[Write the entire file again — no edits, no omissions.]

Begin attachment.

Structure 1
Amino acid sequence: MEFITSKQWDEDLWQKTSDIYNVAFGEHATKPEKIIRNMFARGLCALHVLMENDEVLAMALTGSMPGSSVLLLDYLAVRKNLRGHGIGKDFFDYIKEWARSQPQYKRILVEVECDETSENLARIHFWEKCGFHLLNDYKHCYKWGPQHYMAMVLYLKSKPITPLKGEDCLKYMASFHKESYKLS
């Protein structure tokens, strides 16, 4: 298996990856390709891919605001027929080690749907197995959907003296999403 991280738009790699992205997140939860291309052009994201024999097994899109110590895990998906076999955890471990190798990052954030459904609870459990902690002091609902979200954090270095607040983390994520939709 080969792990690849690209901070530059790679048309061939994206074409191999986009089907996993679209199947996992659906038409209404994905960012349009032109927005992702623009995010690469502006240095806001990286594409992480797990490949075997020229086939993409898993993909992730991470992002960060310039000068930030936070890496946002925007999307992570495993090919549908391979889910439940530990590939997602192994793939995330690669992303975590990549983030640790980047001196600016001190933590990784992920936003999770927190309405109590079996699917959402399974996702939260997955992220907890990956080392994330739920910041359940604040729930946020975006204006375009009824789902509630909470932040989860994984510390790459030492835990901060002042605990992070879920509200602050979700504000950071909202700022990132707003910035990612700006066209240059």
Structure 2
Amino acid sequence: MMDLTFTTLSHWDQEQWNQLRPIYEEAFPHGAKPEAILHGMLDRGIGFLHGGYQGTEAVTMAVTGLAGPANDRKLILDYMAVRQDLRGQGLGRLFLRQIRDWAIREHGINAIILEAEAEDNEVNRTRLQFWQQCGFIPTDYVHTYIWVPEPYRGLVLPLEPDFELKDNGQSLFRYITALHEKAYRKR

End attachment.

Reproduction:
Structure 1
Amino acid sequence: MEFITSKQWDEDLWQKTSDIYNVAFGEHATKPEKIIRNMFARGLCALHVLMENDEVLAMALTGSMPGSSVLLLDYLAVRKNLRGHGIGKDFFDYIKEWARSQPQYKRILVEVECDETSENLARIHFWEKCGFHLLNDYKHCYKWGPQHYMAMVLYLKSKPITPLKGEDCLKYMASFHKESYKLS
């Protein structure tokens, strides 16, 4: 298996990856390709891919605001027929080690749907197995959907003296999403 991280738009790699992205997140939860291309052009994201024999097994899109110590895990998906076999955890471990190798990052954030459904609870459990902690002091609902979200954090270095607040983390994520939709 080969792990690849690209901070530059790679048309061939994206074409191999986009089907996993679209199947996992659906038409209404994905960012349009032109927005992702623009995010690469502006240095806001990286594409992480797990490949075997020229086939993409898993993909992730991470992002960060310039000068930030936070890496946002925007999307992570495993090919549908391979889910439940530990590939997602192994793939995330690669992303975590990549983030640790980047001196600016001190933590990784992920936003999770927190309405109590079996699917959402399974996702939260997955992220907890990956080392994330739920910041359940604040729930946020975006204006375009009824789902509630909470932040989860994984510390790459030492835990901060002042605990992070879920509200602050979700504000950071909202700022990132707003910035990612700006066209240059």
Structure 2
Amino acid sequence: MMDLTFTTLSHWDQEQWNQLRPIYEEAFPHGAKPEAILHGMLDRGIGFLHGGYQGTEAVTMAVTGLAGPANDRKLILDYMAVRQDLRGQGLGRLFLRQIRDWAIREHGINAIILEAEAEDNEVNRTRLQFWQQCGFIPTDYVHTYIWVPEPYRGLVLPLEPDFELKDNGQSLFRYITALHEKAYRKR